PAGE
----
The party spent a good portion of their time introducing themselves (with accents no less), getting organized, and finding hirelings. Of course they failed to hire a guide. I put the Caves of Chaos two full days march into the wilderness, it is way too close in the module. From there the party found a long-abandoned dwarven trade road and were told to follow it for two days and then head north to find the caves. I had them hex mapping which was a brand new experience. They really agonized over the location of their first campsite. The considered defensive positions, setting up traps to warn them of intruders, the whole nine yards.

We ended with an encounter with a wild boar. The party won initiative and killed the creature with ranged attacks. Once the boar appeared I said "Ok, initiative" at which time almost everybody grabbed a 20-sided die and rolled! Haha. I had to back them up to the d6 and then tell them we were doing a group initiative. Too funny.

So, that's the short and the long of the first session. We finished just a couple hexes away from the Caves.

If I keep getting 8-10 players I'm going to need to break them up into two groups or something. Perhaps normal D&D attrition will take care of it? I dunno. Also, if all the chaotic players aren't playing their alignment I'm going to impose an alignment shift to neutral. I'm open to any an all comments or suggestions on how best to manage a group this size.

Red Box Niagara, Session 1, Party Deaths: 0


  1. Fantastic! I am really excited for you.

  2. Huzzah! and congratulations on your first Redbox session.

    re d20 vs d6 thing, when I ran B2 last weekend I had one guy casting cure light wounds every other round cause he thought it was his "at will" power ala 4th ed.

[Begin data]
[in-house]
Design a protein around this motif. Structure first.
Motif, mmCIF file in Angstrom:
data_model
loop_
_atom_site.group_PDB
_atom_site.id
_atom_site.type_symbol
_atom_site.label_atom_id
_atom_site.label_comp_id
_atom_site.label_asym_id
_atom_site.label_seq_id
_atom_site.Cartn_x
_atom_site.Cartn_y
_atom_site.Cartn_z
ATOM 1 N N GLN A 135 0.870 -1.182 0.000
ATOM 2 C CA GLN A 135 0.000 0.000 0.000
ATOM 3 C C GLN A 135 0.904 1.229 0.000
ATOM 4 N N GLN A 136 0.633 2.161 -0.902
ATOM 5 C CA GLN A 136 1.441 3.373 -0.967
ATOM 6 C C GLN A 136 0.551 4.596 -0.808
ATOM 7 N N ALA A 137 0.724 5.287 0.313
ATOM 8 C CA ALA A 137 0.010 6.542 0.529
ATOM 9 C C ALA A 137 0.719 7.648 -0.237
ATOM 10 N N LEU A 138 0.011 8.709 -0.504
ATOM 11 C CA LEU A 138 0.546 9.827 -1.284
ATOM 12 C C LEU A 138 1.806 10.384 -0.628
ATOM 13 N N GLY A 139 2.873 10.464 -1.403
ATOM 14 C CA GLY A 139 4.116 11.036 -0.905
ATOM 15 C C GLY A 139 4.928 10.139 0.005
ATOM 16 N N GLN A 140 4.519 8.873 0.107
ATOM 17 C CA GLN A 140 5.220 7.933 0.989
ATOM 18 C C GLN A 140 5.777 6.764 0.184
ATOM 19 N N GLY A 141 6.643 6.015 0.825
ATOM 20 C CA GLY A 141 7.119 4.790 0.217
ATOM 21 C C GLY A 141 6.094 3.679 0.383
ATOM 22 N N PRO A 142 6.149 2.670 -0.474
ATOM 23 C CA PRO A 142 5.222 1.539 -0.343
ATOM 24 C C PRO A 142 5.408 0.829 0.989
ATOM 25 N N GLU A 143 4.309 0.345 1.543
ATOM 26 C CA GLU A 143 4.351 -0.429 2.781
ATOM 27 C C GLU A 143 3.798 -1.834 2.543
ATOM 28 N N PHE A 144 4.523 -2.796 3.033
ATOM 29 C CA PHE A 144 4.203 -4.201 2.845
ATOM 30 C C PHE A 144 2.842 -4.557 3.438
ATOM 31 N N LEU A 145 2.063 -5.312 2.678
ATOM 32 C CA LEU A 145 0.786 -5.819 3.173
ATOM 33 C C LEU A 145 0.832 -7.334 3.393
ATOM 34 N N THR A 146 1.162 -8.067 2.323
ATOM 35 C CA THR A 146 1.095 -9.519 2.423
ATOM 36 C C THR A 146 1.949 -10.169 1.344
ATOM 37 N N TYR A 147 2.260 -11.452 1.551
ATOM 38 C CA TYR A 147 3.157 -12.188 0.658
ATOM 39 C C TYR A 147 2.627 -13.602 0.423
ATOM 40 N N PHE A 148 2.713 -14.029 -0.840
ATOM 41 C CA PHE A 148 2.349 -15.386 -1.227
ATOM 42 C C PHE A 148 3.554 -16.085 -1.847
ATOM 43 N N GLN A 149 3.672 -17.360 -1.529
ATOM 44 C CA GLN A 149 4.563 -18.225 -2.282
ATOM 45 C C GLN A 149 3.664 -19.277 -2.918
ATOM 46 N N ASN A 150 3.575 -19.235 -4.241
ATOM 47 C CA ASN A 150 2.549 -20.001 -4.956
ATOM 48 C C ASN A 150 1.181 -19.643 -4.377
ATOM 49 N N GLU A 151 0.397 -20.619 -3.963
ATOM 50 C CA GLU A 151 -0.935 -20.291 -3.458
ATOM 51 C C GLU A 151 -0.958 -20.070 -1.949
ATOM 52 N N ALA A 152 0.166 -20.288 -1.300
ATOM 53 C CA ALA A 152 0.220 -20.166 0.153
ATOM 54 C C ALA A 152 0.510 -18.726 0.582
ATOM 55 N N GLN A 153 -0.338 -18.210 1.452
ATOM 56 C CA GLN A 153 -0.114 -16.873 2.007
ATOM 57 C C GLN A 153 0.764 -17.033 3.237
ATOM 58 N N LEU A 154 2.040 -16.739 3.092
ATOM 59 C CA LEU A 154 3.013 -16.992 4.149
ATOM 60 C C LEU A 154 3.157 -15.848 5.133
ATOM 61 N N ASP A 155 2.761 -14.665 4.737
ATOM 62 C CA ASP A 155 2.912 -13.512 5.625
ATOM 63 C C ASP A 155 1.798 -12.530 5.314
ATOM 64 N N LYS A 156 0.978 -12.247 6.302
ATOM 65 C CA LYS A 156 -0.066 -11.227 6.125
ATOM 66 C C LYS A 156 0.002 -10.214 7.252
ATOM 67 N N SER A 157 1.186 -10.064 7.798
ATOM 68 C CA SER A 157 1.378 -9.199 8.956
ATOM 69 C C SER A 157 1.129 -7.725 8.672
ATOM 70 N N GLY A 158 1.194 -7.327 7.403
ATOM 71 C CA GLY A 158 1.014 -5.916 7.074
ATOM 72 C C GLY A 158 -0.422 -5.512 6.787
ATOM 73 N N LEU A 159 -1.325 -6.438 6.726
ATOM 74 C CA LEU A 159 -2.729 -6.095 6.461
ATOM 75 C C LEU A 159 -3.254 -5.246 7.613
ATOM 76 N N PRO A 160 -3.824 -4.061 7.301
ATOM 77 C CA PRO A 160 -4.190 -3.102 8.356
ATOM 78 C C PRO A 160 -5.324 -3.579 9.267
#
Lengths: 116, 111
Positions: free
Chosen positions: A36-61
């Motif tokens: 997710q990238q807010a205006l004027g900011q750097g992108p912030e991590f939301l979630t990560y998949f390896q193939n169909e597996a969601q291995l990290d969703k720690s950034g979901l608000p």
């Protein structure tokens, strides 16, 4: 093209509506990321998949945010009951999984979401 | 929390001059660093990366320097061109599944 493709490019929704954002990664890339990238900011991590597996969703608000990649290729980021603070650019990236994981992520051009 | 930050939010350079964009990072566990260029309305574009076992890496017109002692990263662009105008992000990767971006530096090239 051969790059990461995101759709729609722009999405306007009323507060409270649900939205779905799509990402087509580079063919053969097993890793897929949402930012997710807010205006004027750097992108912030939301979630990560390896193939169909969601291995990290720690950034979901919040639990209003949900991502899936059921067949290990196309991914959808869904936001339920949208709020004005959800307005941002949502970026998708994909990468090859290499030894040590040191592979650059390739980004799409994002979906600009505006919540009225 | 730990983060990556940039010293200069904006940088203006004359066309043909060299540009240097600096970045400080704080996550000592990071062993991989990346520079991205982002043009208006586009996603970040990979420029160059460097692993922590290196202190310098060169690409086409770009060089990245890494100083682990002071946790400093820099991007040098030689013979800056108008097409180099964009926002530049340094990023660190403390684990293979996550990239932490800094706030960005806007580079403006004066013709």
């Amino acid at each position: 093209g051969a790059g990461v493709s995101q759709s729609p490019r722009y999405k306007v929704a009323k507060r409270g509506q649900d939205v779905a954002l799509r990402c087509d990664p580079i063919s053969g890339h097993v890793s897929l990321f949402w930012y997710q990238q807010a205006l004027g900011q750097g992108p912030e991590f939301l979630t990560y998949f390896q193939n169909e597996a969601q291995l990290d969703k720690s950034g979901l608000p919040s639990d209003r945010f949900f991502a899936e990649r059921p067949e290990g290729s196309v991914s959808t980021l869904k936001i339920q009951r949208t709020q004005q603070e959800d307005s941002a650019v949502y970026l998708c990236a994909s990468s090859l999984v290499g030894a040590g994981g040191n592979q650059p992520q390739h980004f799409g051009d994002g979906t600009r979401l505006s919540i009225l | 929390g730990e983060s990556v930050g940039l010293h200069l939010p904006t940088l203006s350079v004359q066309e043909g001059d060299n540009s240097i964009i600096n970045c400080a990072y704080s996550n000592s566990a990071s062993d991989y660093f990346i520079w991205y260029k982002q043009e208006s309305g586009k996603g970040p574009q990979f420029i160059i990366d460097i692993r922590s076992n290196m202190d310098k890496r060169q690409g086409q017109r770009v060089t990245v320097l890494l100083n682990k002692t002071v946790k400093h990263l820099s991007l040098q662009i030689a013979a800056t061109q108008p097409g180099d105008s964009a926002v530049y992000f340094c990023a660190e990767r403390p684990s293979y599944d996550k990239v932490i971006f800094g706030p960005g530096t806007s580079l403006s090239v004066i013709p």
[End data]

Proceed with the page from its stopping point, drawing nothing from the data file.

> any an all comments or suggestions on how best to manage a group this size.


  3. To be honest, if you are running this with Red Box rules, you might just keep the whole group together. With 0 hit points = death you can use the extra cannon fodder, plus, this allows you to rotate out the wounded fighters into the second row, and allow them to fight with spears.

  4. I say keep them all in one group. I'm regularly running six players with four entourage henchmen using D&D 3.5 rules -- and with simpler rules that would work even better.

  5. Another vote for One Big Group, but corral one of the more experienced players into being the caller/leader. You'll know they're getting into it when they start asking for smaller groups and discouraging too many hirelings--because of the xp drain. :)

    I'm really curious to hear how the initiative and Move, Missile, Magic, Melee cr0mbat system worked out for you. We found it too confining, though it does force some interesting tactical choices by forcing movement up front.

    Also, let me know if you need any help getting this session summary on the wiki.

  6. Here's another vote for keeping them all together, at least for running through B2. There are enough critters in the Caves of Chaos to pose a challenge for even a party of that size, so no one will lack for something to do. If you did break them up into two groups, you might end up just having to merge them again if attrition demanded it.

    I would second the idea of establishing some method of how the party decides on a course of action. Whether that's electing a leader, or taking a vote on every issue where there's disagreement. This is probably something every group should do, but maybe more vital for a bigger group.